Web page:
· Try to pattern the deer on your property by using game cameras. Good places to hang a game camera are near known deer trails, food & water sources and mineral stations. If you can catch a buck coming to a food source in the daylight, pay attention to the time of day and his travel corridor so you know where to hang your stand or set up your ground blind.
Another thing to keep in mind when choosing a spot for your tree stand is acorns. If it’s a year where there are a lot of acorns it’s a good idea to set up your stands in the woods. Deer love acorns and once they start dropping, deer almost always choose acorns over any other type of food source you may have available on your property.
· Scent control is always a major factor but especially in early season since the temperature is still pretty warm. I use scent control body care products and field spray by Deaux Girl. Also the Deaux Girl lotion and mineral foundation do a great job at controlling odors caused by sweat.
· Another thing to keep in mind with the warmer temperatures is mosquitos. I always bring a ThermaCELL along with me on my early season hunts and they work wonders to keep the mosquitos away!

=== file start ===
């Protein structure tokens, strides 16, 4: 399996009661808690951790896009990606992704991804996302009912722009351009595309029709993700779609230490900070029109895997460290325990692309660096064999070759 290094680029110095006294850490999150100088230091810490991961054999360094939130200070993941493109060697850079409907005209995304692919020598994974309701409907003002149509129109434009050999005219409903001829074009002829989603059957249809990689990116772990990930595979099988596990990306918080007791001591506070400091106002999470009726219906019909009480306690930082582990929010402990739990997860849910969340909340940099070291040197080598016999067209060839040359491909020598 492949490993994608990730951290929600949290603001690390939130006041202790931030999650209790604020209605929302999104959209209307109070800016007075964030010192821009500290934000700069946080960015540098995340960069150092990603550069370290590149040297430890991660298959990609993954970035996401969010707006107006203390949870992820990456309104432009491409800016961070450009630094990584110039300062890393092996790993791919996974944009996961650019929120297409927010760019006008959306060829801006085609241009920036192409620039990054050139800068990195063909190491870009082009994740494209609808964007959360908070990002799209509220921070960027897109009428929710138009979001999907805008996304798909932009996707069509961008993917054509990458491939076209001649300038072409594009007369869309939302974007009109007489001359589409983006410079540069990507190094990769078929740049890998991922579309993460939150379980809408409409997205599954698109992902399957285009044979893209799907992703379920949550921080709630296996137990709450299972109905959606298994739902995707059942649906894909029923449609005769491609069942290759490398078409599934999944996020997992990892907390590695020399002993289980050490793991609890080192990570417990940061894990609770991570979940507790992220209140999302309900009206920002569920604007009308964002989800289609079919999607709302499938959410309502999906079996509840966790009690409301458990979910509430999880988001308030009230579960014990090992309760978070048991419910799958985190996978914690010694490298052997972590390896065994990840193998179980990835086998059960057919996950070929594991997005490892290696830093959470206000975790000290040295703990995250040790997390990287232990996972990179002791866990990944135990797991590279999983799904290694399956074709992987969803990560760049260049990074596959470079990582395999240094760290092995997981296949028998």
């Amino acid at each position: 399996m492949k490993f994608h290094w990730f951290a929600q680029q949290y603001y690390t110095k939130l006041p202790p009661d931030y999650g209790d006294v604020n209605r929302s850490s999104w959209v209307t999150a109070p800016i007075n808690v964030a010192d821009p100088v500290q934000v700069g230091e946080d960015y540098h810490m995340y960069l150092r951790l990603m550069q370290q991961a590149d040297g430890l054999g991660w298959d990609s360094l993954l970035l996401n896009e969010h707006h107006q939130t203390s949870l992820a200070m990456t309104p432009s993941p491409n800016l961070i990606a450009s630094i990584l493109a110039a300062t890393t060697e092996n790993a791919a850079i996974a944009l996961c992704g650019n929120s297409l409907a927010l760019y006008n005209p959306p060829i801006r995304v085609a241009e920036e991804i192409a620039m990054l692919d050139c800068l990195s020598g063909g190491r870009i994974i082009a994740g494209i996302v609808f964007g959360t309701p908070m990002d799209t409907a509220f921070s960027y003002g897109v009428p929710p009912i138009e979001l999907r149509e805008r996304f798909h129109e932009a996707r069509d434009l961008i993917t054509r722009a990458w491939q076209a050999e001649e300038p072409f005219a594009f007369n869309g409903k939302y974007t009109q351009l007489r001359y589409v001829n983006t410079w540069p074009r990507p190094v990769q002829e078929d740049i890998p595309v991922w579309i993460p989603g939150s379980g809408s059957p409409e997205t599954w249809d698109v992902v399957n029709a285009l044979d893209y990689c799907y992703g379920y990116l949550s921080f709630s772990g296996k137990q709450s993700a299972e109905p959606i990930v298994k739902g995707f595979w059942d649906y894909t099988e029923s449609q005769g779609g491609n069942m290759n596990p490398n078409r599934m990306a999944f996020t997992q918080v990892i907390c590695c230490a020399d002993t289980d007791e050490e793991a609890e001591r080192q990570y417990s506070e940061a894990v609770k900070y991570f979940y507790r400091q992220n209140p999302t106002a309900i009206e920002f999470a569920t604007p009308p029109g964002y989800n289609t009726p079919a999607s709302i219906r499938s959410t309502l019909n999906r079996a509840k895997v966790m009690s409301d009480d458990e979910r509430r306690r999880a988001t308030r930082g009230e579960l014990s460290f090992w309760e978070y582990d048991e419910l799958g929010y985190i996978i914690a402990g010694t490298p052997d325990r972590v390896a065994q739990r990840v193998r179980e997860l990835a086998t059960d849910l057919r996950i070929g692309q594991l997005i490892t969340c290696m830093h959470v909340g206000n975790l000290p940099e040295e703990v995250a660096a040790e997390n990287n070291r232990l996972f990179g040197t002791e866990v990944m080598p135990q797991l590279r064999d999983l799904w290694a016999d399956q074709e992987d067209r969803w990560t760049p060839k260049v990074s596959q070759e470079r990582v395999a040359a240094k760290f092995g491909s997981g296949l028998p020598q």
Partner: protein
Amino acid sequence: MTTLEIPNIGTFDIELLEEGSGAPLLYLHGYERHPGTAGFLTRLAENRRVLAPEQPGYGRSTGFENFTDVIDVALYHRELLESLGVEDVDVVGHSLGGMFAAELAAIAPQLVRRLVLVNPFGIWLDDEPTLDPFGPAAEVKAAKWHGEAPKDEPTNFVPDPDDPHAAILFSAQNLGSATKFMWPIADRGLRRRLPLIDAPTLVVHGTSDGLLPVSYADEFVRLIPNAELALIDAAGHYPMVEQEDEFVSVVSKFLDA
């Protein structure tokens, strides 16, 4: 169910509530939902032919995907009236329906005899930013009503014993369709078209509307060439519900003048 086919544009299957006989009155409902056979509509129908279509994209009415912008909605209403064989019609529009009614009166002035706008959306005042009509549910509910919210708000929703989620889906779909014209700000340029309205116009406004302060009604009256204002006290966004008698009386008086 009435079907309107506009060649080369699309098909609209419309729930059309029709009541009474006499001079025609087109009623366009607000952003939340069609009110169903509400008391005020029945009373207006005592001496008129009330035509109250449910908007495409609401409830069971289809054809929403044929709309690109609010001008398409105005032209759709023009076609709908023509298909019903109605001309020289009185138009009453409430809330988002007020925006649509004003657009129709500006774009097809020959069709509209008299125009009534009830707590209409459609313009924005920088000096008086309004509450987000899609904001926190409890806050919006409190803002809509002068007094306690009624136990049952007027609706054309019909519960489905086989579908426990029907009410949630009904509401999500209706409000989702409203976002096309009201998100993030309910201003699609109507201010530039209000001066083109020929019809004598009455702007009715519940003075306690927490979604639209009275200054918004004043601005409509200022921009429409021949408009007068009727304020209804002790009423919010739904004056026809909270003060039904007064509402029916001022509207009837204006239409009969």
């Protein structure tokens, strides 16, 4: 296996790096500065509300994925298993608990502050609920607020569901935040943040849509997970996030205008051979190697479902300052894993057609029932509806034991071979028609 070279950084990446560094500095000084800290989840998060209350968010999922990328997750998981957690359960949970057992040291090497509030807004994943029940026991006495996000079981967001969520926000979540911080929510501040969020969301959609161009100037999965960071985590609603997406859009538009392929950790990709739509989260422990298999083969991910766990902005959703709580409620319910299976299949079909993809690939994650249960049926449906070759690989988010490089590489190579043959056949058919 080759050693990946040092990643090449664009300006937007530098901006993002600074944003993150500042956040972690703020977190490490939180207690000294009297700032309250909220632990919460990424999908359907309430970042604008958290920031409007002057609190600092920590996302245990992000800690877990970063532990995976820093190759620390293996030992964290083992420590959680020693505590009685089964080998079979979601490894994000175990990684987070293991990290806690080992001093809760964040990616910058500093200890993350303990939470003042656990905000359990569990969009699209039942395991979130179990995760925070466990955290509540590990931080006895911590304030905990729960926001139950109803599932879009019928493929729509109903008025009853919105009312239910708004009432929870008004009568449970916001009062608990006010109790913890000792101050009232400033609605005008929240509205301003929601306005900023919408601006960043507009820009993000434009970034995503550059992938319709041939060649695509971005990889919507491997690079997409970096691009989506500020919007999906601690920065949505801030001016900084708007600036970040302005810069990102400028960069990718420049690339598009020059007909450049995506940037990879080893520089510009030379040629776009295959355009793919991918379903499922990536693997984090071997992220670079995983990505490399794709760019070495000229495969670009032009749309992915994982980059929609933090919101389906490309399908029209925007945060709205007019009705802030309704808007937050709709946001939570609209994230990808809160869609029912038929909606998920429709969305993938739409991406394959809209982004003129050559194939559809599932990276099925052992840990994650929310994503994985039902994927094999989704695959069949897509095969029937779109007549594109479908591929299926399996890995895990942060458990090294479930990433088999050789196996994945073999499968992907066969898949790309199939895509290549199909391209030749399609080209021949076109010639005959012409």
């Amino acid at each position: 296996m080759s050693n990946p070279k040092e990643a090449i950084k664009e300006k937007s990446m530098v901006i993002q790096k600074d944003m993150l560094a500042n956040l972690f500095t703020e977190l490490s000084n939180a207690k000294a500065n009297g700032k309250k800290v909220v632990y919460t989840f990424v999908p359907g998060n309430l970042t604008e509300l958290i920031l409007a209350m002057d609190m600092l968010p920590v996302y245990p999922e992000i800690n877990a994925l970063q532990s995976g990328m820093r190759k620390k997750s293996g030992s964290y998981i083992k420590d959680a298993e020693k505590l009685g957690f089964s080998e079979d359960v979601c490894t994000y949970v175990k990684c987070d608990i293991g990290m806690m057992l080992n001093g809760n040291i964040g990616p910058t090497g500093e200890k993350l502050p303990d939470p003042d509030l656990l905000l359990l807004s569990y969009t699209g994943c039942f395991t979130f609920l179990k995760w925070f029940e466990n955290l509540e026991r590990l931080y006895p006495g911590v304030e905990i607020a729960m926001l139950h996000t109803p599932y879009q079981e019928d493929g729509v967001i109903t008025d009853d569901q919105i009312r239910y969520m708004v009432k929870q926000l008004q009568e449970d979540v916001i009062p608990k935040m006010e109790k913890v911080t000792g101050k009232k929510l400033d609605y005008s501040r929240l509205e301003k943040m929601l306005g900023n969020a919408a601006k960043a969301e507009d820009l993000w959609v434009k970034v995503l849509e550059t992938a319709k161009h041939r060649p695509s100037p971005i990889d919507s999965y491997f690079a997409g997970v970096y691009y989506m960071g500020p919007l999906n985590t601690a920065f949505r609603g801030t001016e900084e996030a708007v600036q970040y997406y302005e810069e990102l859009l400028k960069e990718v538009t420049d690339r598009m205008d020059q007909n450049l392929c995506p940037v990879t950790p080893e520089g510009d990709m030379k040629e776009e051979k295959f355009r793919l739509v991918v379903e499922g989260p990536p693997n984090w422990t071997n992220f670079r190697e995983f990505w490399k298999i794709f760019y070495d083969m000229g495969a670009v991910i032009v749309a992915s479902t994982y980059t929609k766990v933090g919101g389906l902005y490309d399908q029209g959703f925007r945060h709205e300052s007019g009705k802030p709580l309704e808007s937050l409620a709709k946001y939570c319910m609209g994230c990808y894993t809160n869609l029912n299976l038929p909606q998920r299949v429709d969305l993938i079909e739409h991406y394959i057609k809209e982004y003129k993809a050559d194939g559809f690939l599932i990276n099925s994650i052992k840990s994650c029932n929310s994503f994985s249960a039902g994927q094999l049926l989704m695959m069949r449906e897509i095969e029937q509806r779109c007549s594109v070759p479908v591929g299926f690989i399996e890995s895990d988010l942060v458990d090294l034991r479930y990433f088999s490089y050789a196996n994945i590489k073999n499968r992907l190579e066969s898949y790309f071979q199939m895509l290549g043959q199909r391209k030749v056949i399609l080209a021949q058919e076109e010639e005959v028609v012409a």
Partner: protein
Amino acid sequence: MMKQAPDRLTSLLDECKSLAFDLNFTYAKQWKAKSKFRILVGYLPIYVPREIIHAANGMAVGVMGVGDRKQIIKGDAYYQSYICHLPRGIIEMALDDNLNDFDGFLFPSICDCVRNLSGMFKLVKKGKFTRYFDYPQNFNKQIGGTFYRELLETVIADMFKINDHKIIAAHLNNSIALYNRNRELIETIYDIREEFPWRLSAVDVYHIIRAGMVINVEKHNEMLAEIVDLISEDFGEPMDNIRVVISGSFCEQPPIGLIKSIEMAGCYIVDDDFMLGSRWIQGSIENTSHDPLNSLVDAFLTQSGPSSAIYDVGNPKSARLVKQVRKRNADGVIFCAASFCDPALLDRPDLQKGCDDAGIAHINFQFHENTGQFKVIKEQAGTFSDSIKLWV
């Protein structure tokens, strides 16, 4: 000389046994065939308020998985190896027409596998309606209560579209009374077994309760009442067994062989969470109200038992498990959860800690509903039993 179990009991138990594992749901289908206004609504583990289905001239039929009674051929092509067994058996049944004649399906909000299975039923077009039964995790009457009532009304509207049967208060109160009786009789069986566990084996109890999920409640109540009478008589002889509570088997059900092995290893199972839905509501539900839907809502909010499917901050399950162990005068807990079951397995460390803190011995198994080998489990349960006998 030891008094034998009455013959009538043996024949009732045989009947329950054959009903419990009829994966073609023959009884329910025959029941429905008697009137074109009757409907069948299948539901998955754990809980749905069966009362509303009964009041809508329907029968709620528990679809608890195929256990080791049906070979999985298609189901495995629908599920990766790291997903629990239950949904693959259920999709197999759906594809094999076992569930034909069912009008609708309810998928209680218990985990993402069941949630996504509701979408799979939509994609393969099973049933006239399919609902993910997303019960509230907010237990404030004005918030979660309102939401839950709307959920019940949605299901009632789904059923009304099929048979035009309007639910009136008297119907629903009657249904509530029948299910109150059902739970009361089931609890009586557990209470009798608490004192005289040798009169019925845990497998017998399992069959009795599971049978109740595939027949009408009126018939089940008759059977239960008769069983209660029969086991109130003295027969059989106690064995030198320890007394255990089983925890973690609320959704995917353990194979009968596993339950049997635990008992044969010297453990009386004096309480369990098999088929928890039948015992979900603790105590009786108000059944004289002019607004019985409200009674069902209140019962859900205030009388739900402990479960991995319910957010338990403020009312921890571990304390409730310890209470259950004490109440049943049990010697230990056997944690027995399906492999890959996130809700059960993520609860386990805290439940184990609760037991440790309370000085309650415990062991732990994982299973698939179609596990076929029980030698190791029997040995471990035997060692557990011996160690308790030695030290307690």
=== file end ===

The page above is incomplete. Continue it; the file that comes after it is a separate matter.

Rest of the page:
· If you are looking to shoot a mature buck, make sure you are sitting in your stand as long as possible. Especially in the early season, the older deer usually hit the food sources later than the younger deer and usually come out at last light.
· Bucks are still in their bachelor groups at beginning of season. You may have a certain group of bucks identified from your game cameras and have a buck picked out that you want to shoot. If you see the bachelor group but don’t see the buck you are after, hold tight. He is usually there with them and may come in later.
· Make sure you have an exit plan when it’s time to leave. When you walk to your stand in the afternoon you may walk through a field, but the deer may be feeding there when you want to leave. If that happens I either sit tight until I know the deer are gone from that area or exit in a different direction that I know will not spook the deer.
· Andrea Haas